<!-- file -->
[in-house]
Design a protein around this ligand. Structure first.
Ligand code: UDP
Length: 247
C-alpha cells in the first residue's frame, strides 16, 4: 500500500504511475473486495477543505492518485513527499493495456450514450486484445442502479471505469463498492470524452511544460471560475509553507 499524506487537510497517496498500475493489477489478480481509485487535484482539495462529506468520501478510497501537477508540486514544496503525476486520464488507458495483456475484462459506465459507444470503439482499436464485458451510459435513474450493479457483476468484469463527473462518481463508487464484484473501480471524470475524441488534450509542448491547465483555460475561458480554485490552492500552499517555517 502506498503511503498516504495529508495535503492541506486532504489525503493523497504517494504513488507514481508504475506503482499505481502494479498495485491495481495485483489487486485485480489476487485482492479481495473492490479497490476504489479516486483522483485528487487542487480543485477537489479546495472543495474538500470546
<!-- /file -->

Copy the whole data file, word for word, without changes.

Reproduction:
[in-house]
Design a protein around this ligand. Structure first.
Ligand code: UDP
Length: 247
C-alpha cells in the first residue's frame, strides 16, 4: 500500500504511475473486495477543505492518485513527499493495456450514450486484445442502479471505469463498492470524452511544460471560475509553507 499524506487537510497517496498500475493489477489478480481509485487535484482539495462529506468520501478510497501537477508540486514544496503525476486520464488507458495483456475484462459506465459507444470503439482499436464485458451510459435513474450493479457483476468484469463527473462518481463508487464484484473501480471524470475524441488534450509542448491547465483555460475561458480554485490552492500552499517555517 502506498503511503498516504495529508495535503492541506486532504489525503493523497504517494504513488507514481508504475506503482499505481502494479498495485491495481495485483489487486485485480489476487485482492479481495473492490479497490476504489479516486483522483485528487487542487480543485477537489479546495472543495474538500470546